Dolenz v. Vail, 143 S.W.3d 515 (Tex. App.—Dallas 2004, pet. denied), cert. denied, 545 U.S. 1118 (2005).


In an earlier action, Beneficiary, who was also the successor trustee, brought suit in a statutory probate court to recover property belonging to the trust. The court determined that the trust did not own any property and thus ordered that Beneficiary take nothing. In this case, Beneficiary sued in a district court claiming that the statutory probate court had no jurisdiction to rule on the existence of trust property. Beneficiary asserted that only a district court under Trust Code § 115.001 could rule on trust disputes. Beneficiary also claimed that the judgment was defective because he was sued only in his individual capacity, not as a successor trustee. The district court dismissed Beneficiary’s claims for lack of jurisdiction. Beneficiary appealed.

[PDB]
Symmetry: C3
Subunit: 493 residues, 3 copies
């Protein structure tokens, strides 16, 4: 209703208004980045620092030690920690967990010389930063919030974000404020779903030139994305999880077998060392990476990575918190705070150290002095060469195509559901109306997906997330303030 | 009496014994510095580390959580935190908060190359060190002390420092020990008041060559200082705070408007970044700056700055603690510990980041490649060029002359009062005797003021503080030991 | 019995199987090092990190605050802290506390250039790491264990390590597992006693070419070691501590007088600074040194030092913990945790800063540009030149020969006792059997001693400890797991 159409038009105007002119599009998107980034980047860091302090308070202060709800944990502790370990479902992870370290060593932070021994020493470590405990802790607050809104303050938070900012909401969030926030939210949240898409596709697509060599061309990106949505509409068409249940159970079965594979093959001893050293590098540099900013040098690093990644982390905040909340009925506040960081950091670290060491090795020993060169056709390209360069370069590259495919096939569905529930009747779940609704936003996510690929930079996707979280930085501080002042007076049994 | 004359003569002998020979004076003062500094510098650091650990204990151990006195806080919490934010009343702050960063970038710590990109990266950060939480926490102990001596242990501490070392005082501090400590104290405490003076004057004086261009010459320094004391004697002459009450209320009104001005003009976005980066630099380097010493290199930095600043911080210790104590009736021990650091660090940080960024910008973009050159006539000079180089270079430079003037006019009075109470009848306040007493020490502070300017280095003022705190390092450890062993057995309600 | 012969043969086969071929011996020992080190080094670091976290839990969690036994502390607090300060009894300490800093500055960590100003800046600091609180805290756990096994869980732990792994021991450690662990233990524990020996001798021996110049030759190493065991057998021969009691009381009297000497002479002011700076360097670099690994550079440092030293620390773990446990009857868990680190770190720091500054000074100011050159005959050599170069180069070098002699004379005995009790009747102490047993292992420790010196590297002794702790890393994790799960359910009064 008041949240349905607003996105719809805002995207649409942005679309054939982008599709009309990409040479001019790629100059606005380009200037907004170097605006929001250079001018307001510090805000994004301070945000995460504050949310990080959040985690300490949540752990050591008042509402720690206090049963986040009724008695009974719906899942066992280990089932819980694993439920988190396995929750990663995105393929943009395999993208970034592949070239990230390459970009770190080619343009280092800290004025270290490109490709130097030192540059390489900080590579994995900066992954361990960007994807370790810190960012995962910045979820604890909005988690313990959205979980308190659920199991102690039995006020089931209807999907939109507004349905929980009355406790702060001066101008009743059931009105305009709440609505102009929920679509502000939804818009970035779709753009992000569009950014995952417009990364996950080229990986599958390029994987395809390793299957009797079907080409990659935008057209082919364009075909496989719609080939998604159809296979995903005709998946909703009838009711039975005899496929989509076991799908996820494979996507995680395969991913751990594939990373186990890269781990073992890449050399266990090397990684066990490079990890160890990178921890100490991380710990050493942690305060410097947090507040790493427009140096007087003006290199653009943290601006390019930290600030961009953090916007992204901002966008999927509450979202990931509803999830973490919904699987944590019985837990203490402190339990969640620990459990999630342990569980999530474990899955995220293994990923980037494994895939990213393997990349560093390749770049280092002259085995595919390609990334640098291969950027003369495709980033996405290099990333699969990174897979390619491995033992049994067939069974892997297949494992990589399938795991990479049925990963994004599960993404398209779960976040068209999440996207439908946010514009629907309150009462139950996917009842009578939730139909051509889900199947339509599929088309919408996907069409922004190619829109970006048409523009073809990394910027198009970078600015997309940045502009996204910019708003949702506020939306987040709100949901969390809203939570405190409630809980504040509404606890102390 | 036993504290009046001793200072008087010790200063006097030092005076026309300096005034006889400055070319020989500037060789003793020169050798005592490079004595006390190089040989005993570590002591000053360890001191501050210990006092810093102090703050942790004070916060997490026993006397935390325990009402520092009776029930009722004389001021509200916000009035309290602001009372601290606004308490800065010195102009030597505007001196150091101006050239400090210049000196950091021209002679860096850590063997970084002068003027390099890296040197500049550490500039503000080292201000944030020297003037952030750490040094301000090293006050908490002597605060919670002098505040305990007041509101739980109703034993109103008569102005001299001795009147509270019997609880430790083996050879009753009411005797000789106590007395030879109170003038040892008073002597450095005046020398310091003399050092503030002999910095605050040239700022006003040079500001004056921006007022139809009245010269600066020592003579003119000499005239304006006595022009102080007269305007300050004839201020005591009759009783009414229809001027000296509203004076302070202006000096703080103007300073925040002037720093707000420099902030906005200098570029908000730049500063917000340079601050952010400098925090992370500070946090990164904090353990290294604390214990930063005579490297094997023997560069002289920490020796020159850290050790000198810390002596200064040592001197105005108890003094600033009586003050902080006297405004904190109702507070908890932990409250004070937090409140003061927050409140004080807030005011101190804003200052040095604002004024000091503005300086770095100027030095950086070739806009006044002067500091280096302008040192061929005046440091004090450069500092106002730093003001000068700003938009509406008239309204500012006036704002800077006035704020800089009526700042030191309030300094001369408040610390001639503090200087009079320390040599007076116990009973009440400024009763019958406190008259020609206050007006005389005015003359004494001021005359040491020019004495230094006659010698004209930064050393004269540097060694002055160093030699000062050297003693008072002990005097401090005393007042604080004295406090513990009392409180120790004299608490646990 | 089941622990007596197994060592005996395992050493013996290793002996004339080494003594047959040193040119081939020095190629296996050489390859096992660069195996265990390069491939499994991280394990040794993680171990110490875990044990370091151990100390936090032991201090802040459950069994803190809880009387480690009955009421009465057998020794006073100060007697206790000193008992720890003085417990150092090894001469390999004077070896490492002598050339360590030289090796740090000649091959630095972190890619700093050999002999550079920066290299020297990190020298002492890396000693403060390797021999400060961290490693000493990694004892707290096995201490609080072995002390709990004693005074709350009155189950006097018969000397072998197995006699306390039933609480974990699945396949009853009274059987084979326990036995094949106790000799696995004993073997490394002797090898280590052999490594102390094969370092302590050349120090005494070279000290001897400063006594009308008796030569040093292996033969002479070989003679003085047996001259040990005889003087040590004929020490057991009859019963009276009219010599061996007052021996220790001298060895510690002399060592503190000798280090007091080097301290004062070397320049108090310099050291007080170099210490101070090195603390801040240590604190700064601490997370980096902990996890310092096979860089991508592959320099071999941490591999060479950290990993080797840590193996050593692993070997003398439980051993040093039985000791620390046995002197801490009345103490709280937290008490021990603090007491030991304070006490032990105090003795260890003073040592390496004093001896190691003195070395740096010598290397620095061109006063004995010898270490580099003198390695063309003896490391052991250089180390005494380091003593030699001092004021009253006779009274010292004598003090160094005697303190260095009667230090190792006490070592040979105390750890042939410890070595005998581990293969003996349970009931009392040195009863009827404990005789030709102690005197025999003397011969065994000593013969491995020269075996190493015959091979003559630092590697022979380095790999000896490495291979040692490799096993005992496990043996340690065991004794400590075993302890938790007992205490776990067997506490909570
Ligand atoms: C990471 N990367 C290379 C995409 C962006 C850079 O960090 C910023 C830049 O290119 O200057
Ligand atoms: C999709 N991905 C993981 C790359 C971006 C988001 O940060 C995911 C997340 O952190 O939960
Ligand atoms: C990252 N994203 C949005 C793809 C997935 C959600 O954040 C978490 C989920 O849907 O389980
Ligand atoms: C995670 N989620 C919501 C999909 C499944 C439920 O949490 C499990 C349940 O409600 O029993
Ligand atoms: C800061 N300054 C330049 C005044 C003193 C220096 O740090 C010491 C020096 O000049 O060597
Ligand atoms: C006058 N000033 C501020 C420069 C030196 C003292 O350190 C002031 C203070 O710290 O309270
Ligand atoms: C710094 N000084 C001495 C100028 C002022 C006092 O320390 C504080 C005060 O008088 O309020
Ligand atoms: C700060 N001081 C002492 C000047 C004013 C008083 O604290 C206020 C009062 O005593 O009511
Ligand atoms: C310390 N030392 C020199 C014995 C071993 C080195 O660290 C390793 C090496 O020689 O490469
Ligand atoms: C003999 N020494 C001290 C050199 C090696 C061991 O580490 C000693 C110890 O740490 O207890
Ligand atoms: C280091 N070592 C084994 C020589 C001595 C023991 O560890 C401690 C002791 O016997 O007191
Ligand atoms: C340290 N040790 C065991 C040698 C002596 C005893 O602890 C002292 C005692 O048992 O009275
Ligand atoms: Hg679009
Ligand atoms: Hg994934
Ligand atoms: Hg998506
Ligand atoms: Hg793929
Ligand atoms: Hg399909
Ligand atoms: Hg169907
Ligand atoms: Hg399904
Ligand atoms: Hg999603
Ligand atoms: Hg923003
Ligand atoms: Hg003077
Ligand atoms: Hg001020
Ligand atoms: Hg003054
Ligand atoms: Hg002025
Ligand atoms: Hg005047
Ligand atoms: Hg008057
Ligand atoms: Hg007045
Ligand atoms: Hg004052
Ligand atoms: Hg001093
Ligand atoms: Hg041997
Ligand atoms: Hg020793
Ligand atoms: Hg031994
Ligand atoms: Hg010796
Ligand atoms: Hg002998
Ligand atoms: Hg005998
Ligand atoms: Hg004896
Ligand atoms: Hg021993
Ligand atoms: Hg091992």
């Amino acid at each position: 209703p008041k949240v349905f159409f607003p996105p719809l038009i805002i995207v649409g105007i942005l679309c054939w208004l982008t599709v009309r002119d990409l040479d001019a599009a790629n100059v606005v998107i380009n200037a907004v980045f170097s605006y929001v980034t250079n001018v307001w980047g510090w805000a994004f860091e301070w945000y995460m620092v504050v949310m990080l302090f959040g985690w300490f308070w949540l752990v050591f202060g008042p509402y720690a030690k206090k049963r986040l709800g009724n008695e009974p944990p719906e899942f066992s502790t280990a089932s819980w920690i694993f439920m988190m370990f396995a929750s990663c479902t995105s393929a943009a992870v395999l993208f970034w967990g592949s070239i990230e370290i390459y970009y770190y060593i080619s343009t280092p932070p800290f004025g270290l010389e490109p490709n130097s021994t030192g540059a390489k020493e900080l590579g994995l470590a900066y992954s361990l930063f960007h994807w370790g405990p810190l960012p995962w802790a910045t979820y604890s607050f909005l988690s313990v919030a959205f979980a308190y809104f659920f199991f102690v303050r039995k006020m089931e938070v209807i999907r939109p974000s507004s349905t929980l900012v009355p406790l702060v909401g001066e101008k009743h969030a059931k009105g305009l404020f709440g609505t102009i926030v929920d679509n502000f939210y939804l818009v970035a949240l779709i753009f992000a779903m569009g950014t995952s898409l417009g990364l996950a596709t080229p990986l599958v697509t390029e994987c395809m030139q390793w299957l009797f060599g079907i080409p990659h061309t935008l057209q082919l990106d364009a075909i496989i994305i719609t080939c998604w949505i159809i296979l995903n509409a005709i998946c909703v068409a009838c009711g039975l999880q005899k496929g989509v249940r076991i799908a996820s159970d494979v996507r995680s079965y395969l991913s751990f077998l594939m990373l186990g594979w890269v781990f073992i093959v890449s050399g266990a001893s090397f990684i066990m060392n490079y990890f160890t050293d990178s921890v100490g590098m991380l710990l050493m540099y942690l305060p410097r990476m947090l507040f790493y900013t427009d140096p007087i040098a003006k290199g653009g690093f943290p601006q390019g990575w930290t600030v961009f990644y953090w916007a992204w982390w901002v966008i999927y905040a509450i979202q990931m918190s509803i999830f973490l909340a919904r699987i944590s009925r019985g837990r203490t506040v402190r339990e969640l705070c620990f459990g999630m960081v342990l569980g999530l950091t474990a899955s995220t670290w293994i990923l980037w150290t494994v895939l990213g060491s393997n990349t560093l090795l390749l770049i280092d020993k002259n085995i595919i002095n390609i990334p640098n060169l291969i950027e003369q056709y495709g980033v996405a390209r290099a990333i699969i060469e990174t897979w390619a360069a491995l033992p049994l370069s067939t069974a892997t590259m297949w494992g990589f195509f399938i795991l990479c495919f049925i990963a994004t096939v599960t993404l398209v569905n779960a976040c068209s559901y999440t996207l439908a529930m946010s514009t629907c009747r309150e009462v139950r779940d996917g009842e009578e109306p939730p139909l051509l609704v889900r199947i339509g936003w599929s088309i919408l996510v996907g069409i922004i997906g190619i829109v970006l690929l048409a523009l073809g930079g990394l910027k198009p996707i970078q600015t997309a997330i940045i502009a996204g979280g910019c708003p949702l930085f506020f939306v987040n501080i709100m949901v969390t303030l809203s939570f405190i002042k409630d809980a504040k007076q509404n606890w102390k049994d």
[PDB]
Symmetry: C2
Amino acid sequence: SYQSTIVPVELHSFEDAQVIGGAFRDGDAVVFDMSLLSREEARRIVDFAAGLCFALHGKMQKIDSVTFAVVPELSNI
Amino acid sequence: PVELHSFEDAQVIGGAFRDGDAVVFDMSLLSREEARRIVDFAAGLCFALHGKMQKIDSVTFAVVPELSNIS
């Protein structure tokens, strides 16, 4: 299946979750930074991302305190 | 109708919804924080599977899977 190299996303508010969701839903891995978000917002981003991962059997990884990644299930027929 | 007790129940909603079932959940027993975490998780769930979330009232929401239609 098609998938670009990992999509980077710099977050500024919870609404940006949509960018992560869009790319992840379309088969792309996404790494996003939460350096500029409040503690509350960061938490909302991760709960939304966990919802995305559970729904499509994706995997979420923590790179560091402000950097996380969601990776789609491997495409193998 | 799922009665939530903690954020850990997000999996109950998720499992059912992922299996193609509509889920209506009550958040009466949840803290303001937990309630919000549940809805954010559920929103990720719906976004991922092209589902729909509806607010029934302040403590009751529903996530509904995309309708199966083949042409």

The appellate court affirmed. The court explained that a statutory probate court has concurrent jurisdiction with the district court with regard to all actions involving an inter vivos trust and thus it had jurisdiction. [The court applied the 1998 version of Probate Code § 5(A)(c); the equivalent authority is now found in Probate Code § 5(e).] The court also found that Beneficiary’s failure to be served in a representative capacity to be irrelevant because Beneficiary waived the objection by making a general appearance before the court.

Moral: There may be unstated morals not reflected in the relatively simple legal points discussed in this case. Beneficiary was also the attorney who argued the appeal. State Bar of Texas records reflect that he was suspended from the practice of law in 1999 during the pendancy of the original case.